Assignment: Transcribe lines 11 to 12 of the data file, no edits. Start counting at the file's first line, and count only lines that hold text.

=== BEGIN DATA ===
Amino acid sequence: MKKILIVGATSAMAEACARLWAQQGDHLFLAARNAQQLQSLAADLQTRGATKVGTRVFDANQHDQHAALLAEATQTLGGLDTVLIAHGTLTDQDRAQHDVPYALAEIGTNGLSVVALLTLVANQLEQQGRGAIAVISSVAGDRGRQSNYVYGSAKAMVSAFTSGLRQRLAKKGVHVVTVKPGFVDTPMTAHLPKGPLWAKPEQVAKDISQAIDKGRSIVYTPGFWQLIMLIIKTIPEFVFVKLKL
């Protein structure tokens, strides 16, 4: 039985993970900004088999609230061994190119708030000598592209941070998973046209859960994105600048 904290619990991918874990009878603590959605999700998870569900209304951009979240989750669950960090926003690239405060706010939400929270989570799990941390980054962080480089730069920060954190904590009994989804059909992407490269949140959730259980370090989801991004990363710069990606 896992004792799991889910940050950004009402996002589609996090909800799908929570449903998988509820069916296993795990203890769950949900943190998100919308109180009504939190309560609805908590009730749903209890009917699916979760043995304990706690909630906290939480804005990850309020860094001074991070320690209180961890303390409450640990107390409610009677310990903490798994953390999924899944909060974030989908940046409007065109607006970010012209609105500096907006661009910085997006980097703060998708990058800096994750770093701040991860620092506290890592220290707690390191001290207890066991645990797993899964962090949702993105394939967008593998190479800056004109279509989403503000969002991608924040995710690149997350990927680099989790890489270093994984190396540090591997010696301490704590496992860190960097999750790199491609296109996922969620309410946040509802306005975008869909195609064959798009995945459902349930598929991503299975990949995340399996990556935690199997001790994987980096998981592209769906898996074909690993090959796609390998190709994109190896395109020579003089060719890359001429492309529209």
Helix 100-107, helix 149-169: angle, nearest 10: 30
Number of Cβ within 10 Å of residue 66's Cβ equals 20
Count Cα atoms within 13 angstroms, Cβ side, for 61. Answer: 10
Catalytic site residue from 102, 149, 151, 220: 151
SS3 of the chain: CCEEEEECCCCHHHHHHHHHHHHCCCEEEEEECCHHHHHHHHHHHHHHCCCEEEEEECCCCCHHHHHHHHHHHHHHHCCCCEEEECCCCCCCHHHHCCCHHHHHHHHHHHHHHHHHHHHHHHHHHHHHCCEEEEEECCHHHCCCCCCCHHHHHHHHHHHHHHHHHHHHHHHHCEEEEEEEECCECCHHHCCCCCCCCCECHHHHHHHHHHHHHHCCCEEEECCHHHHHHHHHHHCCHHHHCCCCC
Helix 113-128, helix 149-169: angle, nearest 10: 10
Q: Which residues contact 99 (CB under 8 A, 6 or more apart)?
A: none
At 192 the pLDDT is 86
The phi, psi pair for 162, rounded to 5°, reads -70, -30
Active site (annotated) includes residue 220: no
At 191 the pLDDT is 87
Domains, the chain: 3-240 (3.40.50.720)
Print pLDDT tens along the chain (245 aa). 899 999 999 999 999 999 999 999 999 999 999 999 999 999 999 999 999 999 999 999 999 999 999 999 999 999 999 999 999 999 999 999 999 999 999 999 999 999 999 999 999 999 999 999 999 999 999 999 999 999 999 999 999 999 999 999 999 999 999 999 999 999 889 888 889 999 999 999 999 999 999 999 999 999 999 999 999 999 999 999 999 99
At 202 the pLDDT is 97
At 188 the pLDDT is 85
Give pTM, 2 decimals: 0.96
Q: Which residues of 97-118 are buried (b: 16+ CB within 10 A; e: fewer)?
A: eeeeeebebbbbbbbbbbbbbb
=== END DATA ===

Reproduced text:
At 192 the pLDDT is 86
The phi, psi pair for 162, rounded to 5°, reads -70, -30